GERMAN, RHENISH, SECOND HALF 14TH CENTURY
14 ½ by 15 ⅞ in.; 38.8 by 40.3, with later wood base
Surface abrasions, small chips throughout consistent with age. Chipping around edges and corners of his throne. Some losses to fingers and tips of some toes. Right hand figure carved separately and with expert restoration to back stone support. Some restoration to Christ's arms (one was probably once detached). Stable and otherwise overall good condition.
In response to your inquiry, we are pleased to provide you with a general report of the condition of the property described above. Since we are not professional conservators or restorers, we urge you to consult with a restorer or conservator of your choice who will be better able to provide a detailed, professional report. Prospective buyers should inspect each lot to satisfy themselves as to condition and must understand that any statement made by Sotheby's is merely a subjective qualified opinion. NOTWITHSTANDING THIS REPORT OR ANY DISCUSSIONS CONCERNING CONDITION OF A LOT, ALL LOTS ARE OFFERED AND SOLD "AS IS" IN ACCORDANCE WITH THE CONDITIONS OF SALE PRINTED IN THE CATALOGUE.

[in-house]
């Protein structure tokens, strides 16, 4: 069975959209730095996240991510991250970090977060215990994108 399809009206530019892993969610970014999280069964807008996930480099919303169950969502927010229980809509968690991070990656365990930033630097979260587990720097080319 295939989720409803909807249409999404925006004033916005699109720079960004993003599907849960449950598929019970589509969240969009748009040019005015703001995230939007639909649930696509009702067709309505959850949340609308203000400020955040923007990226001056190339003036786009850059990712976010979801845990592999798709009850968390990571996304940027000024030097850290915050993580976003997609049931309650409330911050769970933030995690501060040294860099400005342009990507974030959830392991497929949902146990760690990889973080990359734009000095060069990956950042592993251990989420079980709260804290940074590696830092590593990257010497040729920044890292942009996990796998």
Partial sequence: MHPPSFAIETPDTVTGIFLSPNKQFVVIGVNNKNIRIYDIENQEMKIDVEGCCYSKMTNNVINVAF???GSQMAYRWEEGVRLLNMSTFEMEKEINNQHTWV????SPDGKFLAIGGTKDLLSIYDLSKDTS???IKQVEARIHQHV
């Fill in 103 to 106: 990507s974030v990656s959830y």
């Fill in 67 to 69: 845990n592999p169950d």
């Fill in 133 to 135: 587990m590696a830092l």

Private Collection, Bremen, Krefeld
Ancient Greek for prayer or supplication, a 'deesis' is also a depiction of three figures comprising Christ flanked by the Virgin and John the Baptist. In art, this representation became widespread north of the alps in the 13th century but in Germany, the iconography is rare.
Here, Christ sits on a throne-like bench, facing the viewer as the Judge of the World. His mantle covers His shoulders but exposes the wound on His abdomen and His stigmata; the signs of redemption are readily recognizable on His hands and feet. The Virgin Mary and St. John are kneeling beside Him in keeping with their roles as intercessors between God and mankind.
Manfred Fath, 'Der Weltenrichter der Mainzer Westlettner-Deesis und seine
Nachfolge' in Mainzer Zeitschrift. Mittelrheinisches Jahrbuch
für Archäologie, pp. 97-101;
Anton Legner, Rheinische Kunst und das Kölner Schnüttgenmuseum, Cologne,
1991, pp. 221, 255, 256